The Dalston clashes remind us, also, that it wasn't just JD Sports, even though the reputation of that chain is, for some reason, the most bound up with everything that's happened. Smaller, independent corner shops, the kind without a head office in Welwyn Garden City, that aren't insured up to the teeth, were ransacked as well, for their big-ticket items of booze and fags. When a chain is attacked, the protection of its corporate aspect means that, while we can appreciate the breakdown of law and order, we do not respond emotionally. [Right.  Because it is just an evil corporation.  It isn't like anyone who works there lost their job or anything.]  When a corner shop is destroyed, however, the lawlessness has a victim, and we feel disgusted. That's what drags these events into focus: not the stuff that was stolen, but the people behind the stuff. [That and the destruction, arson, death, assault...]

*“Of all tyrannies a tyranny sincerely exercised for the good of its victim may be the most oppressive. It may be better to live under robber barons than under omnipotent moral busybodies. The robber baron’s cruelty may sometimes sleep, his cupidity may at some point be satiated, but those who torment us for our own good will torment us without end for they do so with the approval of their own conscience.” CS Lewis

4 comments:

Anonymous said...

Yes there is, more than one, in fact. What should society do about the lost generation? How should society keep law and order while figuring out what to do with the lost generation. How to prevent another?
---------------------------

I like this comment of yours. The problem for any compassionate society is how to do this without either throwing unprepared people under the bus entirely or coddling them to death.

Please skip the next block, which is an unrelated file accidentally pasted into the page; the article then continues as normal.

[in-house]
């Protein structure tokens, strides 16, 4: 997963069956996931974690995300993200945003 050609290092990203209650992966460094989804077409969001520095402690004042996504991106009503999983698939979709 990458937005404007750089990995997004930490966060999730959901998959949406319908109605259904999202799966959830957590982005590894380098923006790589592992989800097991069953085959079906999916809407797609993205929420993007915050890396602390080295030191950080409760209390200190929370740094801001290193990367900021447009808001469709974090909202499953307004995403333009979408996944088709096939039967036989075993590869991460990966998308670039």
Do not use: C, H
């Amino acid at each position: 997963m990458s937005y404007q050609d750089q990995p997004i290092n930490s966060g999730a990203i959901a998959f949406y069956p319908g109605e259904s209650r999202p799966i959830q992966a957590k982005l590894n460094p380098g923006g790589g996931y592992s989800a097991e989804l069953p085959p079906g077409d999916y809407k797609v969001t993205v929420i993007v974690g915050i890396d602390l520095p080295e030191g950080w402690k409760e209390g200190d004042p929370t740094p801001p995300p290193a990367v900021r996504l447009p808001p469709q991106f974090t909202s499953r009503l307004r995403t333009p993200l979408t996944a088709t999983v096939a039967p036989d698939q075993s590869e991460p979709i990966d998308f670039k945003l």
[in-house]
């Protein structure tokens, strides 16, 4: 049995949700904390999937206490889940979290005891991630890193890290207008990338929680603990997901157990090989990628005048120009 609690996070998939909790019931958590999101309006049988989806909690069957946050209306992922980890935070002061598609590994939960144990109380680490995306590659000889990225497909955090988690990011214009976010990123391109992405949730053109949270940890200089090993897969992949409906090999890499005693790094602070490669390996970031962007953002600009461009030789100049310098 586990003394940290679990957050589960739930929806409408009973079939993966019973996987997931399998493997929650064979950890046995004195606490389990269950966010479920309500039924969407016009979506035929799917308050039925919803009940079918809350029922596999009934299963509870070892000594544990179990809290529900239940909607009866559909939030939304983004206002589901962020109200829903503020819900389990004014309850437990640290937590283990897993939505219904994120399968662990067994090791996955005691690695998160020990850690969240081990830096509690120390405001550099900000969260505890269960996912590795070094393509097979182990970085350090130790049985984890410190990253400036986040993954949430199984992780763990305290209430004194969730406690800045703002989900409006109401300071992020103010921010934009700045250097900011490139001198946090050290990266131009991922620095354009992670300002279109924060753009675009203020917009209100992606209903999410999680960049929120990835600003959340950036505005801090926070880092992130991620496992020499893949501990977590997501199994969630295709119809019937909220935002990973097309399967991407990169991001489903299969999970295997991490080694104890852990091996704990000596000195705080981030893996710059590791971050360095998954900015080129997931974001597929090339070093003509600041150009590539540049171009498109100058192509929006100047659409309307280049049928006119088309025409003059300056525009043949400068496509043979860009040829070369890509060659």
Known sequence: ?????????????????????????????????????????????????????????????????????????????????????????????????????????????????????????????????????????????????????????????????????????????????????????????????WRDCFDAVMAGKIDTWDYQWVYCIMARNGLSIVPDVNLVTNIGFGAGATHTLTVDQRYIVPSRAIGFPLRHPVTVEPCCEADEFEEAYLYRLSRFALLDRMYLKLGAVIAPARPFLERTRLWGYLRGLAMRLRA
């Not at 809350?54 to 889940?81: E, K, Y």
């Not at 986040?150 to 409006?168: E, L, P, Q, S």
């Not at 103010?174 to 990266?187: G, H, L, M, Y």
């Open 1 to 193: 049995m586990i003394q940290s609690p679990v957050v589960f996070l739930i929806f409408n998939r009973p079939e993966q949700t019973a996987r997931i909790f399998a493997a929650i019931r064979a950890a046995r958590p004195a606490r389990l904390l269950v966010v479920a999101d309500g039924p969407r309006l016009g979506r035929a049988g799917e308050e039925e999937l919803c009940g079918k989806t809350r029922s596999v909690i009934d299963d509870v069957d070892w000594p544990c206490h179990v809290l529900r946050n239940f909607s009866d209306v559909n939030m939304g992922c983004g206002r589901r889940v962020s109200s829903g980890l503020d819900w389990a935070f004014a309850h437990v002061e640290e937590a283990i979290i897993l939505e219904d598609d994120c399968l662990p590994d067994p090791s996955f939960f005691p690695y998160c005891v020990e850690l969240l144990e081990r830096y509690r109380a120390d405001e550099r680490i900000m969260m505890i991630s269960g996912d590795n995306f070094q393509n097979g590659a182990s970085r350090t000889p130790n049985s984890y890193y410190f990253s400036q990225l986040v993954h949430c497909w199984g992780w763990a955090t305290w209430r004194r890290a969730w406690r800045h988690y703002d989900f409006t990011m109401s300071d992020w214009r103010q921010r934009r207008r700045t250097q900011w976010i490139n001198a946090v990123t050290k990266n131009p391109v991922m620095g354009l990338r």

From what I've seen, people a)want stuff b)cannot, will not or cannot conceive of how to go about getting what they want in any other way. The mindset is the entire problem, and I do think the state has an obligation to provide decent state education for this very reason.

Interesting article which I would not have read had I not stumbled onto your blog. :)

AHLondon said...

Welcome and thanks. As for the questions, I think the most difficult one is for the current looters. Preventing the problem in the future, changing mindset of children, has an easier, though not easy, solution. But what to do with the 16-25 year old set? You can't lock them all up. You can't easily retrain them. Some Twitter buds were asking about why it was the 16-25 year olds and I promised a post. I figure in the next week or so, there will be many post-riot articles on why and what to do. None of the answers will be easy I fear.

Anonymous said...

Oh, I agree! I'm interested in your thoughts on why it's the 15-25 year old set (though, sidebar, isn't is always in these situations? Often times, anyway).

AHLondon said...

Working on it. Should have Crime and Punishment post up by weekend, which will touch on this. Follow up to, well, follow.